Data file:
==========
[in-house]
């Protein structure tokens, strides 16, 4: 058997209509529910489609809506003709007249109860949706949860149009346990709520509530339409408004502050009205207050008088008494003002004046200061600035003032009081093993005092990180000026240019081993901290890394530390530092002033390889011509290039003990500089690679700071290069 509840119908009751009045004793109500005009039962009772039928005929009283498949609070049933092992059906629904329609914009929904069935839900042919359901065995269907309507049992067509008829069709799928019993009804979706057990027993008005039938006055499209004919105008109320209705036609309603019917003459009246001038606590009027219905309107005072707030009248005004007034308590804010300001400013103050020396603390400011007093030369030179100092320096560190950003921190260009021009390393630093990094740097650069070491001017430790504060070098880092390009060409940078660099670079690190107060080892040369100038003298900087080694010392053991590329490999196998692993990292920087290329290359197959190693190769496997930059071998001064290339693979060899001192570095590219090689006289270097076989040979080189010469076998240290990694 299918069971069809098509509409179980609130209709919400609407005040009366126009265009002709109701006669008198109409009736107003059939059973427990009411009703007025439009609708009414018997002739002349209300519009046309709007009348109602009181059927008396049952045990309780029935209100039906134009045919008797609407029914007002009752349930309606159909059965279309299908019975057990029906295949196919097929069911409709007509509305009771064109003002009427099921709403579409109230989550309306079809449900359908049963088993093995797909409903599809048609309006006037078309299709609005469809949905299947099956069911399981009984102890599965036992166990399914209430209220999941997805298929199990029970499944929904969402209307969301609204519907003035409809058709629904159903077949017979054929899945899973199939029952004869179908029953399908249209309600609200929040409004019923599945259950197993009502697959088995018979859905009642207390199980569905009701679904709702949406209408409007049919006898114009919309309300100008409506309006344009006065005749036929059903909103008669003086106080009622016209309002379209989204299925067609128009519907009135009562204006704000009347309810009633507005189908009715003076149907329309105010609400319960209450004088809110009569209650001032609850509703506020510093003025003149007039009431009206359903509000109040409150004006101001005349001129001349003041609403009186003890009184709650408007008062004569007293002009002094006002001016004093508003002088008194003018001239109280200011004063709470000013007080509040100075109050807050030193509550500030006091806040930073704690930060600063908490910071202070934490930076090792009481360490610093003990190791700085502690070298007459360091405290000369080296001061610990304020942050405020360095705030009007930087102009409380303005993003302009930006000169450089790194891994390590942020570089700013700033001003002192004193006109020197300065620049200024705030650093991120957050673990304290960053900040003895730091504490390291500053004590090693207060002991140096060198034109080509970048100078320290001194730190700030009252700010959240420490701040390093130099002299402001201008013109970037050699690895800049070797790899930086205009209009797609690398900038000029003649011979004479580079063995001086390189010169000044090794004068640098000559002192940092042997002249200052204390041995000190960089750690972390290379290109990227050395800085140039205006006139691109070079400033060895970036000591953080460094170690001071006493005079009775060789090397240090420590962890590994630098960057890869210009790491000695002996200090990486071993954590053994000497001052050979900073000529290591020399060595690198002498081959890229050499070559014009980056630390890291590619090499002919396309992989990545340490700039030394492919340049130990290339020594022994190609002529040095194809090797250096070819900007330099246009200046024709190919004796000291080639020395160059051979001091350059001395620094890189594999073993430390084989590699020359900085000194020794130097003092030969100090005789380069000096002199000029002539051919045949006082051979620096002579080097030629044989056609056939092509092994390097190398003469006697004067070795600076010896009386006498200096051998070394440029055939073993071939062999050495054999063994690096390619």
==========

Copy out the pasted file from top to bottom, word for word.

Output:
[in-house]
């Protein structure tokens, strides 16, 4: 058997209509529910489609809506003709007249109860949706949860149009346990709520509530339409408004502050009205207050008088008494003002004046200061600035003032009081093993005092990180000026240019081993901290890394530390530092002033390889011509290039003990500089690679700071290069 509840119908009751009045004793109500005009039962009772039928005929009283498949609070049933092992059906629904329609914009929904069935839900042919359901065995269907309507049992067509008829069709799928019993009804979706057990027993008005039938006055499209004919105008109320209705036609309603019917003459009246001038606590009027219905309107005072707030009248005004007034308590804010300001400013103050020396603390400011007093030369030179100092320096560190950003921190260009021009390393630093990094740097650069070491001017430790504060070098880092390009060409940078660099670079690190107060080892040369100038003298900087080694010392053991590329490999196998692993990292920087290329290359197959190693190769496997930059071998001064290339693979060899001192570095590219090689006289270097076989040979080189010469076998240290990694 299918069971069809098509509409179980609130209709919400609407005040009366126009265009002709109701006669008198109409009736107003059939059973427990009411009703007025439009609708009414018997002739002349209300519009046309709007009348109602009181059927008396049952045990309780029935209100039906134009045919008797609407029914007002009752349930309606159909059965279309299908019975057990029906295949196919097929069911409709007509509305009771064109003002009427099921709403579409109230989550309306079809449900359908049963088993093995797909409903599809048609309006006037078309299709609005469809949905299947099956069911399981009984102890599965036992166990399914209430209220999941997805298929199990029970499944929904969402209307969301609204519907003035409809058709629904159903077949017979054929899945899973199939029952004869179908029953399908249209309600609200929040409004019923599945259950197993009502697959088995018979859905009642207390199980569905009701679904709702949406209408409007049919006898114009919309309300100008409506309006344009006065005749036929059903909103008669003086106080009622016209309002379209989204299925067609128009519907009135009562204006704000009347309810009633507005189908009715003076149907329309105010609400319960209450004088809110009569209650001032609850509703506020510093003025003149007039009431009206359903509000109040409150004006101001005349001129001349003041609403009186003890009184709650408007008062004569007293002009002094006002001016004093508003002088008194003018001239109280200011004063709470000013007080509040100075109050807050030193509550500030006091806040930073704690930060600063908490910071202070934490930076090792009481360490610093003990190791700085502690070298007459360091405290000369080296001061610990304020942050405020360095705030009007930087102009409380303005993003302009930006000169450089790194891994390590942020570089700013700033001003002192004193006109020197300065620049200024705030650093991120957050673990304290960053900040003895730091504490390291500053004590090693207060002991140096060198034109080509970048100078320290001194730190700030009252700010959240420490701040390093130099002299402001201008013109970037050699690895800049070797790899930086205009209009797609690398900038000029003649011979004479580079063995001086390189010169000044090794004068640098000559002192940092042997002249200052204390041995000190960089750690972390290379290109990227050395800085140039205006006139691109070079400033060895970036000591953080460094170690001071006493005079009775060789090397240090420590962890590994630098960057890869210009790491000695002996200090990486071993954590053994000497001052050979900073000529290591020399060595690198002498081959890229050499070559014009980056630390890291590619090499002919396309992989990545340490700039030394492919340049130990290339020594022994190609002529040095194809090797250096070819900007330099246009200046024709190919004796000291080639020395160059051979001091350059001395620094890189594999073993430390084989590699020359900085000194020794130097003092030969100090005789380069000096002199000029002539051919045949006082051979620096002579080097030629044989056609056939092509092994390097190398003469006697004067070795600076010896009386006498200096051998070394440029055939073993071939062999050495054999063994690096390619």